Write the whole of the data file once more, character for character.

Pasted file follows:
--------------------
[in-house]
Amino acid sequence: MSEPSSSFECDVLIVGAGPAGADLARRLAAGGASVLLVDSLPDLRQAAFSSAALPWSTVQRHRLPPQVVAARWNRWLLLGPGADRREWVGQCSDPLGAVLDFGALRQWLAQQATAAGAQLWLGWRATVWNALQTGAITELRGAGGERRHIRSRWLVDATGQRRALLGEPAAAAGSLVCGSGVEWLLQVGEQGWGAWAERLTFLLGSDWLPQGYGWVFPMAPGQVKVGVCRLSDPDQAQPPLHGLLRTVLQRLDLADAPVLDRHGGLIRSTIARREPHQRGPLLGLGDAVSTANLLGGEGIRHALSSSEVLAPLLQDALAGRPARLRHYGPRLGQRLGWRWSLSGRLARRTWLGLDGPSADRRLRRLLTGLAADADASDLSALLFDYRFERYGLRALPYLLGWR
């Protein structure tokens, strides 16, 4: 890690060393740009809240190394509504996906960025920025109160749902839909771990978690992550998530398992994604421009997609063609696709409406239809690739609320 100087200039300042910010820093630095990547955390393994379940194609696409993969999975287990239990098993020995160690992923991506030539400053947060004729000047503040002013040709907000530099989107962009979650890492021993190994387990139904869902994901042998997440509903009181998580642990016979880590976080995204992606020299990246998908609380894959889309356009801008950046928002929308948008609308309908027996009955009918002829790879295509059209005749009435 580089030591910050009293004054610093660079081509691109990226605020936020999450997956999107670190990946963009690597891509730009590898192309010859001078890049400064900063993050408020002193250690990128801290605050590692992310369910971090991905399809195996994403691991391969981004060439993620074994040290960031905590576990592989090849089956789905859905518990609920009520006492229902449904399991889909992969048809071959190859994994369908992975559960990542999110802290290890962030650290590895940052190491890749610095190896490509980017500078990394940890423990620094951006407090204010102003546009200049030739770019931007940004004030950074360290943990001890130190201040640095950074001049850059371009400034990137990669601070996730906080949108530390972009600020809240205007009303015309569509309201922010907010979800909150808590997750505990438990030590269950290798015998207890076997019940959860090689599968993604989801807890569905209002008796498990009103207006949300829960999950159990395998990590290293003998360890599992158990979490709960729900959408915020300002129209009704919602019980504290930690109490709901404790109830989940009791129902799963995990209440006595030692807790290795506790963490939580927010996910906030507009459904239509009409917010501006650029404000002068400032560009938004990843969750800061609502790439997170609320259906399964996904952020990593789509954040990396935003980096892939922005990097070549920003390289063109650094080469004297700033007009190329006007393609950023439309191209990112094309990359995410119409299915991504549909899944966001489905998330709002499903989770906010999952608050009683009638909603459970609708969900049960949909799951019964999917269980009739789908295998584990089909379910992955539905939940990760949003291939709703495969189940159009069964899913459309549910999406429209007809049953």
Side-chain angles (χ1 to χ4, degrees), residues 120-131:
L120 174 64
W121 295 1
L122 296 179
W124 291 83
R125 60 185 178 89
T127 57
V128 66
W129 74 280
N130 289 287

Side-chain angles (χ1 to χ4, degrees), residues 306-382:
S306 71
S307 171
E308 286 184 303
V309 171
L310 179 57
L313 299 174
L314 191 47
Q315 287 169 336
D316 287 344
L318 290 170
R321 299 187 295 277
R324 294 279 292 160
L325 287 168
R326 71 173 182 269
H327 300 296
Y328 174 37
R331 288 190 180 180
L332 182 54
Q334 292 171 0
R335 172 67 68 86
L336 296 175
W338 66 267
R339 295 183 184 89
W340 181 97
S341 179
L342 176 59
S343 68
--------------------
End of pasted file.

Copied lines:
[in-house]
Amino acid sequence: MSEPSSSFECDVLIVGAGPAGADLARRLAAGGASVLLVDSLPDLRQAAFSSAALPWSTVQRHRLPPQVVAARWNRWLLLGPGADRREWVGQCSDPLGAVLDFGALRQWLAQQATAAGAQLWLGWRATVWNALQTGAITELRGAGGERRHIRSRWLVDATGQRRALLGEPAAAAGSLVCGSGVEWLLQVGEQGWGAWAERLTFLLGSDWLPQGYGWVFPMAPGQVKVGVCRLSDPDQAQPPLHGLLRTVLQRLDLADAPVLDRHGGLIRSTIARREPHQRGPLLGLGDAVSTANLLGGEGIRHALSSSEVLAPLLQDALAGRPARLRHYGPRLGQRLGWRWSLSGRLARRTWLGLDGPSADRRLRRLLTGLAADADASDLSALLFDYRFERYGLRALPYLLGWR
């Protein structure tokens, strides 16, 4: 890690060393740009809240190394509504996906960025920025109160749902839909771990978690992550998530398992994604421009997609063609696709409406239809690739609320 100087200039300042910010820093630095990547955390393994379940194609696409993969999975287990239990098993020995160690992923991506030539400053947060004729000047503040002013040709907000530099989107962009979650890492021993190994387990139904869902994901042998997440509903009181998580642990016979880590976080995204992606020299990246998908609380894959889309356009801008950046928002929308948008609308309908027996009955009918002829790879295509059209005749009435 580089030591910050009293004054610093660079081509691109990226605020936020999450997956999107670190990946963009690597891509730009590898192309010859001078890049400064900063993050408020002193250690990128801290605050590692992310369910971090991905399809195996994403691991391969981004060439993620074994040290960031905590576990592989090849089956789905859905518990609920009520006492229902449904399991889909992969048809071959190859994994369908992975559960990542999110802290290890962030650290590895940052190491890749610095190896490509980017500078990394940890423990620094951006407090204010102003546009200049030739770019931007940004004030950074360290943990001890130190201040640095950074001049850059371009400034990137990669601070996730906080949108530390972009600020809240205007009303015309569509309201922010907010979800909150808590997750505990438990030590269950290798015998207890076997019940959860090689599968993604989801807890569905209002008796498990009103207006949300829960999950159990395998990590290293003998360890599992158990979490709960729900959408915020300002129209009704919602019980504290930690109490709901404790109830989940009791129902799963995990209440006595030692807790290795506790963490939580927010996910906030507009459904239509009409917010501006650029404000002068400032560009938004990843969750800061609502790439997170609320259906399964996904952020990593789509954040990396935003980096892939922005990097070549920003390289063109650094080469004297700033007009190329006007393609950023439309191209990112094309990359995410119409299915991504549909899944966001489905998330709002499903989770906010999952608050009683009638909603459970609708969900049960949909799951019964999917269980009739789908295998584990089909379910992955539905939940990760949003291939709703495969189940159009069964899913459309549910999406429209007809049953």
Side-chain angles (χ1 to χ4, degrees), residues 120-131:
L120 174 64
W121 295 1
L122 296 179
W124 291 83
R125 60 185 178 89
T127 57
V128 66
W129 74 280
N130 289 287

Side-chain angles (χ1 to χ4, degrees), residues 306-382:
S306 71
S307 171
E308 286 184 303
V309 171
L310 179 57
L313 299 174
L314 191 47
Q315 287 169 336
D316 287 344
L318 290 170
R321 299 187 295 277
R324 294 279 292 160
L325 287 168
R326 71 173 182 269
H327 300 296
Y328 174 37
R331 288 190 180 180
L332 182 54
Q334 292 171 0
R335 172 67 68 86
L336 296 175
W338 66 267
R339 295 183 184 89
W340 181 97
S341 179
L342 176 59
S343 68